Furthermore, if we critically examine the biblical text we find the commission to believers to go into all nations. Therein we find a mandate as it pertains to diversity and interacting and exchanging with diverse groups. Central to this commissioning and to postcolonial theological constructs is robust engagement in interreligious dialogue. Such interaction equips us with the ability to learn about how differently religious folk experience the world and to understand how religious minorities experience oppression. Understanding those unlike us helps to illumine at least two fundamental and undeniable realities: (1) despite culture, creed, or religious affiliation, we are all humans; and (2) in every cultural/societal system, a form of classism exists, which perpetuates injustices.
To some, oppressive actions and beliefs in a few individuals holding the majority of societal power are things of the past. The Apostle Paul would probably posit that to think in such naïve terms is to look through a glass darkly. If the saying is true that history repeats itself, hierarchical systems are not relics, as they still exist, oppressing individuals because of issues of race, gender, class, sexuality, and religious/denominational affiliations. As the world becomes ever immersed in immense acts of violence fueled by unchecked biases, there must be a discourse that does not simply study the nature of such but that speaks to issues with hope and transformative results. Informed by postcolonial liberation theology, we must speak truth to power.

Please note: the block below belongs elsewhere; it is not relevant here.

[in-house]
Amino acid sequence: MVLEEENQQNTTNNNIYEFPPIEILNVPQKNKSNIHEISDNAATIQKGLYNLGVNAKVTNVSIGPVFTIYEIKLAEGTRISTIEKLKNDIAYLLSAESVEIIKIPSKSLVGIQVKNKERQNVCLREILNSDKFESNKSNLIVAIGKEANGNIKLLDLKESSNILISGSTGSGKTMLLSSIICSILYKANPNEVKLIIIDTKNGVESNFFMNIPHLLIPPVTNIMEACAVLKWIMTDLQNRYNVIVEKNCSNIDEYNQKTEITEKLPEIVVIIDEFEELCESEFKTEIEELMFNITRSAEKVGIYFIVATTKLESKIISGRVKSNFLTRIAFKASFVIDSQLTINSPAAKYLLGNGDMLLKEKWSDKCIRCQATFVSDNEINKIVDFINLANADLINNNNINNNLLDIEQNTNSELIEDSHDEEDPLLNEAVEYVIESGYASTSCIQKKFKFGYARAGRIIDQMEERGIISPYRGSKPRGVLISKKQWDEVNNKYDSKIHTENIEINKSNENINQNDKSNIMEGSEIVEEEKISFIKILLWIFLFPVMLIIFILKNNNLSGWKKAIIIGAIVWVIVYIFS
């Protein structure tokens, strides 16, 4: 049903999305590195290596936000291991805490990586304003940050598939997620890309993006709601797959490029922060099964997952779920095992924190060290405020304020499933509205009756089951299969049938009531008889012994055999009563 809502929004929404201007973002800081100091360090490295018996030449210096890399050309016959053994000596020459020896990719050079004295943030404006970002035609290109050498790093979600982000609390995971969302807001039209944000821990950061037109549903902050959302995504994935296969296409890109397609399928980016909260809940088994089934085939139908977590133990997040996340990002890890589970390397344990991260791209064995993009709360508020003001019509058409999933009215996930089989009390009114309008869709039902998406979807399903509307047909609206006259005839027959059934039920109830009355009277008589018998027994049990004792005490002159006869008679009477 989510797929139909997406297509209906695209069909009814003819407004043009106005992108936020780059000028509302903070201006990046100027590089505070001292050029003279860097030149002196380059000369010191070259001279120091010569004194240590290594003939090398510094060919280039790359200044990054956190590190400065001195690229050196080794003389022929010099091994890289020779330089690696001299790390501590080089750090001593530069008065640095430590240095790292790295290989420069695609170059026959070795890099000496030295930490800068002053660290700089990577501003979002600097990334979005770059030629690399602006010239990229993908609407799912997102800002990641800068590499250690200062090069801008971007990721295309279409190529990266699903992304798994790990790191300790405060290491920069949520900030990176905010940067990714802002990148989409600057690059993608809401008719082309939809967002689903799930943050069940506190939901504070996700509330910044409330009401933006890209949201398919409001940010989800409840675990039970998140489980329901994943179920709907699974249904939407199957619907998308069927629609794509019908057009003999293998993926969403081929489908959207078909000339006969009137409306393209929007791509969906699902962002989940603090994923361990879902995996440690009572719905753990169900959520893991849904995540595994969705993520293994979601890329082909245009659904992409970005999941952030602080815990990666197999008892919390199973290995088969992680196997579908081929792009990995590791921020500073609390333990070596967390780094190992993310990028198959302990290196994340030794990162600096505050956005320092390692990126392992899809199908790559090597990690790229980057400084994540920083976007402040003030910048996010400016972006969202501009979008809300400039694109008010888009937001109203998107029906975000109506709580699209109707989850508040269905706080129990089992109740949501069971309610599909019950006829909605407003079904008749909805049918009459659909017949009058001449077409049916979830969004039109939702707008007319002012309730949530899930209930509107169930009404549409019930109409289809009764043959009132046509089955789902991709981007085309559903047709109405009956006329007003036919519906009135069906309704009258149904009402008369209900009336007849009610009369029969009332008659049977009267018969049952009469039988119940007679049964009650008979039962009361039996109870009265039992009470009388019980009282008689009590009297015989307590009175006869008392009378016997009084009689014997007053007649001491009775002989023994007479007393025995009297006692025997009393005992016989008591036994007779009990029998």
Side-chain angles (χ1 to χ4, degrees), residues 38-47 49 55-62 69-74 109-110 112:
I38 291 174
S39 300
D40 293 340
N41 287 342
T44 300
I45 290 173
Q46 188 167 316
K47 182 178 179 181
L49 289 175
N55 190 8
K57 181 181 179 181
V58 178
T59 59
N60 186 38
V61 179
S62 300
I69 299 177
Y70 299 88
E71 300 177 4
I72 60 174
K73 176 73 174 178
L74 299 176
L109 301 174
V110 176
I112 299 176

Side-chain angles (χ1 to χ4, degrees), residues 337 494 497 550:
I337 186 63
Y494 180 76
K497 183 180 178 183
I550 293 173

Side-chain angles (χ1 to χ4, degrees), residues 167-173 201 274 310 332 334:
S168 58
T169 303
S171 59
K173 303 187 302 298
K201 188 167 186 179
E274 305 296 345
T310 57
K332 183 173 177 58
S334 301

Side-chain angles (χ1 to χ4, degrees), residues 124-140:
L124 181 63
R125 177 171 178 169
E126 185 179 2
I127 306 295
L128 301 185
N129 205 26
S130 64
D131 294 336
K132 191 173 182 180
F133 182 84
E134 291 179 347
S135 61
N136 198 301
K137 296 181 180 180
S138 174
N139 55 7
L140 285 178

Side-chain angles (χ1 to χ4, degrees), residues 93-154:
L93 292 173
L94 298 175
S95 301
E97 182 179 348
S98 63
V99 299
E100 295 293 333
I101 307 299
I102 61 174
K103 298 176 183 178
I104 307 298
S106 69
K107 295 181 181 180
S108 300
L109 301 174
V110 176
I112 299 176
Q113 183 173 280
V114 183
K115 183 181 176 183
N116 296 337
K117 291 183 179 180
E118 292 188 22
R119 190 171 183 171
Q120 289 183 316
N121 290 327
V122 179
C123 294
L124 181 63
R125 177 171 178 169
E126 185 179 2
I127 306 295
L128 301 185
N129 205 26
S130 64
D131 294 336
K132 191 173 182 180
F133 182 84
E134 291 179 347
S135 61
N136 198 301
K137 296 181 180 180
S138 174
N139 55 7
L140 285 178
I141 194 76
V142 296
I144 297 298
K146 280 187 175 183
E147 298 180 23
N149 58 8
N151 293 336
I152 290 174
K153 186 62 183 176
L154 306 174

The postmodern world is full of continuous changes, and diverging ideals are the norm even within faith communities. A theology that speaks to the diverse voices and changes in the postmodern world is critical, especially as they pertain to oppressive actions by the world’s power brokers. Faith communities can use perspectives shaped by postcolonial theology to disrupt oppressive flows within and without their own quarters. For it to be true to itself, the Christian church must be emancipatory.